Telliskivi is the creative center of the Estonian capital. We go there to discover artists and crafts and we stay there much longer than expected! It is without doubt my favorite neighborhood in Tallinn. But then, why should you absolutely not miss it?
Telliskivi from Soviet industrial site to Estonian artistic center
Located in a former industrial site, the city’s creative center has some great surprises in store for you. Telliskivi nicknamed Creative City is indeed the most trendy district of the city. It takes its name from the bricks that make up the old warehouses in which the district is so lively now. Indeed, Telliskivi means brick in Estonian.
These buildings were constructed in 1869 during the installation of the railway lines connecting Saint Petersburg and Tallinn. The Soviets wanted to take advantage of the abundance of Estonian forests to produce faster and more cheaply. The first step was therefore to connect the two cities and then to launch productions from Estonia. Located at the intersection of the districts of Kalamaja and Pelgulinna, the factories then made Soviet rails, locomotives and transformers. Telliskivi was at the time a place where only the authorities and workers could enter. When the USSR fell in 1991, the factories were sold. And it is since 2009 that Telliskivi has become the nerve center of Estonian artistic creation.
If you are visiting the Estonian capital, spend half a day there. Arrive for coffee and leave in the evening after a few cocktails!
What to do, what to see in Telliskivi, Tallinn
West of the old town, a few minutes walk from Tallinn’s train station, Telliskivi will charm you. More than 500 cultural events take place on site each year. But apart from these events, the arty district is worth the detour.
First, by looking up you will discover impressive street art. There is a lot of graffiti on the facades of old industrial warehouses.
Also, Telliskivi hosts Art galleries and small local designer shops. Often, moreover, it is the artists themselves who run their stalls. We then discuss with the manufacturer by buying a leather wallet or with the designer by choosing her new t-shirt.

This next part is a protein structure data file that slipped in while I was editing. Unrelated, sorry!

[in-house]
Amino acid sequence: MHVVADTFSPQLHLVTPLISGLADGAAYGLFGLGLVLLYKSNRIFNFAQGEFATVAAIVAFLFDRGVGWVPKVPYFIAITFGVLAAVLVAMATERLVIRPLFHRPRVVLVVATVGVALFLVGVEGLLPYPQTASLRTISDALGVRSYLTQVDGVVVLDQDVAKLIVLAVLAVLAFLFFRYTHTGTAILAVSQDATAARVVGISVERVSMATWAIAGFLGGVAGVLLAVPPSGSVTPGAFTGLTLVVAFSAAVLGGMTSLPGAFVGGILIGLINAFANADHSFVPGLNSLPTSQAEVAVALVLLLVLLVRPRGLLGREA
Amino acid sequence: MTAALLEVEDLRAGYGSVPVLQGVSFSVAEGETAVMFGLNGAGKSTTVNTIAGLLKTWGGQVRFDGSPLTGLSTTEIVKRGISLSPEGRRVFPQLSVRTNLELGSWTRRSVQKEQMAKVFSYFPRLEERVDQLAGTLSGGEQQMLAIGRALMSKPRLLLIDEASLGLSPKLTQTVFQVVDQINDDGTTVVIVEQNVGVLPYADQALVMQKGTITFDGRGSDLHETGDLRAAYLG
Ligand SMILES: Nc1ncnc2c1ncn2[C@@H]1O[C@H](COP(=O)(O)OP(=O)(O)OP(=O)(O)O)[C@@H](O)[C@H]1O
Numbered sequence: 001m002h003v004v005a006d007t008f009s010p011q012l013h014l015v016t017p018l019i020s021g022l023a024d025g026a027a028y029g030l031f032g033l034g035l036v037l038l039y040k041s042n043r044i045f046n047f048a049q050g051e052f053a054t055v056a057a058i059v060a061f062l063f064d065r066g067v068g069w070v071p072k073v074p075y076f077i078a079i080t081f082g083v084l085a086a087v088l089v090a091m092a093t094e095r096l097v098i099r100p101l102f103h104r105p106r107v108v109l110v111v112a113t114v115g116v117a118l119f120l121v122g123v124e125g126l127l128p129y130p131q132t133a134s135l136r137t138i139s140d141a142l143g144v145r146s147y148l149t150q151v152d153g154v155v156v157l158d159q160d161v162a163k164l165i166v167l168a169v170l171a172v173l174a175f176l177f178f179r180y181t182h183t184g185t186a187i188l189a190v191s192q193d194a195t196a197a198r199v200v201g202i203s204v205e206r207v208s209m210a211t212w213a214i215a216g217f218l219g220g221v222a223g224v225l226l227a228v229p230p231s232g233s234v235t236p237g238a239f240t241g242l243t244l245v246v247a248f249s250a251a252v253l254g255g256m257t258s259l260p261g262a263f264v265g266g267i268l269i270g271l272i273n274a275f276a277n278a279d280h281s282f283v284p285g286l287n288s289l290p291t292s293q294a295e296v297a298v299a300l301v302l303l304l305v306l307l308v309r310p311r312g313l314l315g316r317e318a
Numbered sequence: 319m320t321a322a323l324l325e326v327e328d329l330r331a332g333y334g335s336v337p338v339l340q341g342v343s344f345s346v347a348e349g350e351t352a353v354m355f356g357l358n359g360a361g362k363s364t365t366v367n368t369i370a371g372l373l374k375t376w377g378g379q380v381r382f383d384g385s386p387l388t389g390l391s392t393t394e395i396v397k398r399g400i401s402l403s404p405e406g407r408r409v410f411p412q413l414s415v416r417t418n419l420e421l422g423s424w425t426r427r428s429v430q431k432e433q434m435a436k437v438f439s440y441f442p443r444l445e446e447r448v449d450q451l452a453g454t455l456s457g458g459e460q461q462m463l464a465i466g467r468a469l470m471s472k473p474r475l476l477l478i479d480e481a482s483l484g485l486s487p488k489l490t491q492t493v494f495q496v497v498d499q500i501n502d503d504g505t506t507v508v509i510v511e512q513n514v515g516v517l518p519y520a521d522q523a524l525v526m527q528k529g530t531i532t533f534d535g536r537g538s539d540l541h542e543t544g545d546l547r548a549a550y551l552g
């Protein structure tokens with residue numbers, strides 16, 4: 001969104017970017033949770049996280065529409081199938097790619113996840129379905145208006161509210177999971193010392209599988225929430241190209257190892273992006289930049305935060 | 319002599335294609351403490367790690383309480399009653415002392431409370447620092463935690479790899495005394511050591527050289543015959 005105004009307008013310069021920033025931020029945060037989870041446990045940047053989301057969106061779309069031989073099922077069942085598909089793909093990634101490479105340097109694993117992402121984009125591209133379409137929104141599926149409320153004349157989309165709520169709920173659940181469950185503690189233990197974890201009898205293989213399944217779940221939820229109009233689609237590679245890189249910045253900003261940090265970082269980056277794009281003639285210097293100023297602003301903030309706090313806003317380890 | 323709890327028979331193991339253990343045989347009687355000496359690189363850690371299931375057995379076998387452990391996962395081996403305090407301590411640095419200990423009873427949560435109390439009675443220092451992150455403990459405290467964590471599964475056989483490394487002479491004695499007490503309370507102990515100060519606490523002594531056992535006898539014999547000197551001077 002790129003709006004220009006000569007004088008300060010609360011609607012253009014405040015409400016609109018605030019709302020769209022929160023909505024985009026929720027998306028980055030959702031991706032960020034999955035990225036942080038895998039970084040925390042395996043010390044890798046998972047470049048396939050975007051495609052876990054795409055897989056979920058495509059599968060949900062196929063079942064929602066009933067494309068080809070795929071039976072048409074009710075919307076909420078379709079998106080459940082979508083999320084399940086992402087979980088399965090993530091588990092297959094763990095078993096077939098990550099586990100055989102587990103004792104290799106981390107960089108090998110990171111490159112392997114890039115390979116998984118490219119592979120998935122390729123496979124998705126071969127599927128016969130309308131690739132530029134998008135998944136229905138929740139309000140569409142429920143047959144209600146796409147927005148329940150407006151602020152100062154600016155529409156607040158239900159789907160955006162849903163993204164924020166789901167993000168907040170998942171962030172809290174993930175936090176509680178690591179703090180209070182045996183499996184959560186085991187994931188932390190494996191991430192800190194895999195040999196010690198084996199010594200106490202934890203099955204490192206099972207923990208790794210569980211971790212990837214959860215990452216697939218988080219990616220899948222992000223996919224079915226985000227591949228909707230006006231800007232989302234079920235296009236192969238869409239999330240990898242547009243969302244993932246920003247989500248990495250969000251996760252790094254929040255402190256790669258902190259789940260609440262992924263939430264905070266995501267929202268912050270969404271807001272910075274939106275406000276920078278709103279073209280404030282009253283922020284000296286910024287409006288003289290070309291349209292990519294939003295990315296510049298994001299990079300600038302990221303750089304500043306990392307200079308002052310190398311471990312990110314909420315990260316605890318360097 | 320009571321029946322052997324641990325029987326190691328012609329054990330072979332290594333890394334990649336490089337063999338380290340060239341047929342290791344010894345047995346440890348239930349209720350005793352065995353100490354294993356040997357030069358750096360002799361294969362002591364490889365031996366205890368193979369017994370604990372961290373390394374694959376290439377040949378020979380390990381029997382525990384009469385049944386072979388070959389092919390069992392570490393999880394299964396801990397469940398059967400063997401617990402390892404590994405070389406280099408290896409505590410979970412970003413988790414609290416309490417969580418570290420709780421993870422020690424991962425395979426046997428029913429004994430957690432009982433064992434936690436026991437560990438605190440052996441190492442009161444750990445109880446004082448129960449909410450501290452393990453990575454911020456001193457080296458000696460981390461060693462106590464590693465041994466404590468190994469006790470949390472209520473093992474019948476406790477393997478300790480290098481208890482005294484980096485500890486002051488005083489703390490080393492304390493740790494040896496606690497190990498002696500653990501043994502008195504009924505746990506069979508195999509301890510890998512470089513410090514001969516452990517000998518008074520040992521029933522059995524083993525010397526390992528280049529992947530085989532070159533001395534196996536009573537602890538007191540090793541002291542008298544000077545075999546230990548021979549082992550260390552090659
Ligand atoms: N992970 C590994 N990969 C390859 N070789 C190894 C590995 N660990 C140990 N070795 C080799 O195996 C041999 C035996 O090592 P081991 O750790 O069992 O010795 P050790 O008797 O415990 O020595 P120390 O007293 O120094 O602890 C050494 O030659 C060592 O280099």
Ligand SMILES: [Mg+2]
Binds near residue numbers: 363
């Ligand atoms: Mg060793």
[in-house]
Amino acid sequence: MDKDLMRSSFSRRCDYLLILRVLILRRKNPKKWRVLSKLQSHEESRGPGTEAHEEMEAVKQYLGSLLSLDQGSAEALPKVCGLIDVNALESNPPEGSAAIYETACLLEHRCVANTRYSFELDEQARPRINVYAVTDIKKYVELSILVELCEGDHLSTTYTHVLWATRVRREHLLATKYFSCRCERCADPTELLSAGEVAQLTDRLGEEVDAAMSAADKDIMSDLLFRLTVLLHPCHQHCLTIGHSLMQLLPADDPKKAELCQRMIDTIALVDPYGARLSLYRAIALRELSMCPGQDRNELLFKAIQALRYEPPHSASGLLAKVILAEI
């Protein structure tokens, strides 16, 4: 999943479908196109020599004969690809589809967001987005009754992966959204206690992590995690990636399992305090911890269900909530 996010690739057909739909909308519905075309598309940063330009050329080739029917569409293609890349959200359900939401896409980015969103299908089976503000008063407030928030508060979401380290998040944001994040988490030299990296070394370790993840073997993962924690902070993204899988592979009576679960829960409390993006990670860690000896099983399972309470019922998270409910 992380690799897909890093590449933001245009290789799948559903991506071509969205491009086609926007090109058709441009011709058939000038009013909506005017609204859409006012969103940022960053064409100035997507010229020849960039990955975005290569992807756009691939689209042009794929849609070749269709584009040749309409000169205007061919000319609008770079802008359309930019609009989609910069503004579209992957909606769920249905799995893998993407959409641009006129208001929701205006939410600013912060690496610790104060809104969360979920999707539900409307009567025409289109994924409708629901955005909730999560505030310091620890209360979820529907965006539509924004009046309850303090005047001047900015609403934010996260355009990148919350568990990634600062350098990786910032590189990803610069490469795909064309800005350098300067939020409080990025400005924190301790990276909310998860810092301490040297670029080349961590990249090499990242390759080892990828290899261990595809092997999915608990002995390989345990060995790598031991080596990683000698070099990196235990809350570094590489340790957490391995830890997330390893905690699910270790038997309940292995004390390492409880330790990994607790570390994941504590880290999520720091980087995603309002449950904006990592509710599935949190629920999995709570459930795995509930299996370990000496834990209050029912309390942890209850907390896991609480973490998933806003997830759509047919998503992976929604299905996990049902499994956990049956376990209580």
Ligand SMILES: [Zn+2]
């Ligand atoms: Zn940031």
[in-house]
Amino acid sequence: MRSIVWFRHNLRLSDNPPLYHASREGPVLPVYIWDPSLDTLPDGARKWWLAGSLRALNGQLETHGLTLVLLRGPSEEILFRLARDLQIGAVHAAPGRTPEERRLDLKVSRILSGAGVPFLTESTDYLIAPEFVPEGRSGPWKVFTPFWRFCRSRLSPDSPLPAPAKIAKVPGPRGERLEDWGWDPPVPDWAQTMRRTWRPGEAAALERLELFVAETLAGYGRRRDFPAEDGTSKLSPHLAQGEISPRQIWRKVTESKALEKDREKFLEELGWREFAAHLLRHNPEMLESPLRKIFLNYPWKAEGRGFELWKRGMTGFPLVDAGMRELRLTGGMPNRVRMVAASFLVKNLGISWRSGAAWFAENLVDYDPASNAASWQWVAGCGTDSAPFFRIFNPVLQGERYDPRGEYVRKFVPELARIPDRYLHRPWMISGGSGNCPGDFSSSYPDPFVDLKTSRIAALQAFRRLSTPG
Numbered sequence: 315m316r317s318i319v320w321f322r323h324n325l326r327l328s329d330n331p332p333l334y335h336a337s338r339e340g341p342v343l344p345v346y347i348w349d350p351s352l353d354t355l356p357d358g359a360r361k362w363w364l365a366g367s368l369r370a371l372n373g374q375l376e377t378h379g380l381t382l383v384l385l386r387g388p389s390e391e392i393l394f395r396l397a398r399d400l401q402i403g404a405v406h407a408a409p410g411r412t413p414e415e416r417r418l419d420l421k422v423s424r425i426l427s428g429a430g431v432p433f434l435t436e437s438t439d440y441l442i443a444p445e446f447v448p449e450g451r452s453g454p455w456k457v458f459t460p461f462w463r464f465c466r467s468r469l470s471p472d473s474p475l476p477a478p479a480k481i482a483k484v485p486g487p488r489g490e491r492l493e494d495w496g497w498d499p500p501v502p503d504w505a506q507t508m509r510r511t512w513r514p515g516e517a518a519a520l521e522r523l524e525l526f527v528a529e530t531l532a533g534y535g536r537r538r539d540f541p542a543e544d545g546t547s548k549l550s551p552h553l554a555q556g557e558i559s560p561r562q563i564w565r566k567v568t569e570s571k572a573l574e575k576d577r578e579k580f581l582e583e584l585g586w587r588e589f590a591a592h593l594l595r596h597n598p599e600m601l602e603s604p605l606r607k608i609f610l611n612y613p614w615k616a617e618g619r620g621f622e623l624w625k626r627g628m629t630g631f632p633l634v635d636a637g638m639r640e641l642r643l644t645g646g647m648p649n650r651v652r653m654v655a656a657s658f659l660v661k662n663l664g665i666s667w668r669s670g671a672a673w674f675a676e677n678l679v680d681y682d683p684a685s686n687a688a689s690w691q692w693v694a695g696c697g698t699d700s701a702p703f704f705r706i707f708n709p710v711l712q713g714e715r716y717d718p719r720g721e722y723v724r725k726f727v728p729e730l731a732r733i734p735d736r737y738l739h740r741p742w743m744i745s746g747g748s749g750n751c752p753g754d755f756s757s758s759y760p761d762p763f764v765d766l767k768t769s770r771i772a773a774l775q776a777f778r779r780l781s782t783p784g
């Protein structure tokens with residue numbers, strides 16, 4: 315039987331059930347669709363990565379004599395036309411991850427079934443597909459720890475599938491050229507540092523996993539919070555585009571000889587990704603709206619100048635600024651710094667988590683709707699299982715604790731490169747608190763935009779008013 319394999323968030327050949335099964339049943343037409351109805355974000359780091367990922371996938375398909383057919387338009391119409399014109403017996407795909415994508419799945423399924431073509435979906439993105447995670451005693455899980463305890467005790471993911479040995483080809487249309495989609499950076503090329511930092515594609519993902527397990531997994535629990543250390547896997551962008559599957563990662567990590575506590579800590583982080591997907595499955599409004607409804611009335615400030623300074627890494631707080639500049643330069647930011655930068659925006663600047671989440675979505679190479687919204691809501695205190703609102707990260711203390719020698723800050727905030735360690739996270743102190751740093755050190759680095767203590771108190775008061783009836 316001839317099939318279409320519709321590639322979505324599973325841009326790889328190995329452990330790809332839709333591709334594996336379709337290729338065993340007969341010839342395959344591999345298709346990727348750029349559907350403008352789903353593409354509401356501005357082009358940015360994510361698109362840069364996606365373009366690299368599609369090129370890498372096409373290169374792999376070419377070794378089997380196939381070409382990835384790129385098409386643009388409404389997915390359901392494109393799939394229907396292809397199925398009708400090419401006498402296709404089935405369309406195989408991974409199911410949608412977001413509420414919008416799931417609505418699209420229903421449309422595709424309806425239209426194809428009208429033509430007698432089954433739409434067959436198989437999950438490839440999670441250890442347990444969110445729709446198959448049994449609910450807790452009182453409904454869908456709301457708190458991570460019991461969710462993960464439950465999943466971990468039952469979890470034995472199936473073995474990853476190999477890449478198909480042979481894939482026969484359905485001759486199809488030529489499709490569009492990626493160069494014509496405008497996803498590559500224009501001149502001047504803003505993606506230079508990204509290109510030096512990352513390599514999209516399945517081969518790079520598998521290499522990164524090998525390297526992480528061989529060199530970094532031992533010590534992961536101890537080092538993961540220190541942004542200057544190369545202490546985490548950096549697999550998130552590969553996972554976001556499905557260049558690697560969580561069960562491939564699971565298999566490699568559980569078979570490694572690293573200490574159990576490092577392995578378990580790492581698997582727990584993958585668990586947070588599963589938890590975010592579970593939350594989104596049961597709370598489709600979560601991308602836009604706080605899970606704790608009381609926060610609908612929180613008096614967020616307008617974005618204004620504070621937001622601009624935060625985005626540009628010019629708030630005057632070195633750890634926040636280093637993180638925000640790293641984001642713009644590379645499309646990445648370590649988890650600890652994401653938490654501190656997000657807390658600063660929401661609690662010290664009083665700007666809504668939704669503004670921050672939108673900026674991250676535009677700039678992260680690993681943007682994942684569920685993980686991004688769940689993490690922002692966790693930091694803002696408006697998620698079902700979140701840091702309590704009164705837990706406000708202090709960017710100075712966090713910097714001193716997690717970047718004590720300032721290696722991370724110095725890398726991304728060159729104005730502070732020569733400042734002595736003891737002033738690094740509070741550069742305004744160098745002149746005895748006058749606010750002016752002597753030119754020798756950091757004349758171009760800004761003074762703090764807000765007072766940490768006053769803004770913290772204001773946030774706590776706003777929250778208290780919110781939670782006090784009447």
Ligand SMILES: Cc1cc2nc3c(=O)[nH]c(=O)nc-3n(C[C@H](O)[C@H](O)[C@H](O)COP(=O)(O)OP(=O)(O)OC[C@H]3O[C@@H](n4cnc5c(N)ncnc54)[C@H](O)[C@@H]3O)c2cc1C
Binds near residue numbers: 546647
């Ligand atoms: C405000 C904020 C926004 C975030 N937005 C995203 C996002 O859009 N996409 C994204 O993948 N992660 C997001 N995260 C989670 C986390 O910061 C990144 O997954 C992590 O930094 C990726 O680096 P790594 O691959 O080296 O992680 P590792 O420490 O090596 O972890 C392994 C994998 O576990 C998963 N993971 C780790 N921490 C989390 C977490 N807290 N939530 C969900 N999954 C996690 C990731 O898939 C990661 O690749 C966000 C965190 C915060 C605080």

You can also stroll to the last exhibition of the photo museum: Fotografiska. When I went there, it was artist Alison Jackson who was in the spotlight with her exhibition Truth is dead. The museum has a café, restaurant and bar. The menu is not worth the detour. Nevertheless, since roof terrace, you can admire the old town. So, just drop by for tea!
Finally, on Saturday, a flea market takes place in the Creative City.
Where to eat in Telliskivi
As I told you, the artisan shops may have been the reason for your visit. But take advantage of your visit to have lunch there because there is no lack of good addresses!
My favorite is F-Hoone. The setting is superb, the staff friendly, the prices very affordable! There are proposals for vegans and gluten free. I recommend the burger, normally served with fries, I advise you to ask for sweet potato fries instead: you won’t regret it!
There are food trucks in the center of the square. But I do not keep a memorable memory. For a good burger (even in a vegetarian version), definitely go to F-Hoone.
In another culinary style, I enjoyed the Indian restaurant Lendav Taldrik. In a large hangar, the decor is more recycled, industrial than what we usually see when we come to taste a chicken biryani and this is not to displease me. Here again you will find wide options for vegetarians. The portions are very generous. But, be aware that the doggy bag is customary here, so do not hesitate to leave with your lunch for the next day.
Last address, valid only for expats in need of cheese & wine evenings: the wine bar Tiks. The French traveling to Tallinn will wait for their return to France to taste better quality products at a lower cost. But for expats, it’s a great choice!
I found the perfect coffee!
At home in Paris, we are equipped with a fairly premium coffee maker. Then, we will collect our freshly roasted beans from a local artisan. So, on the flavor side, we have become quite demanding. Arrived in Tallinn for several weeks, we went in search of a good coffee shop to taste an espresso as we like them. After multiple inconclusive tests we found the good taste of coffee in Telliskivi, at Trühvel. This restaurant serves Mediterranean dishes but above all excellent coffee. Besides, you can buy them beans that they have roasted on site. The prices are very reasonable for this level of quality: € 3 for flat white (coffee latte) and € 2.7 for espresso.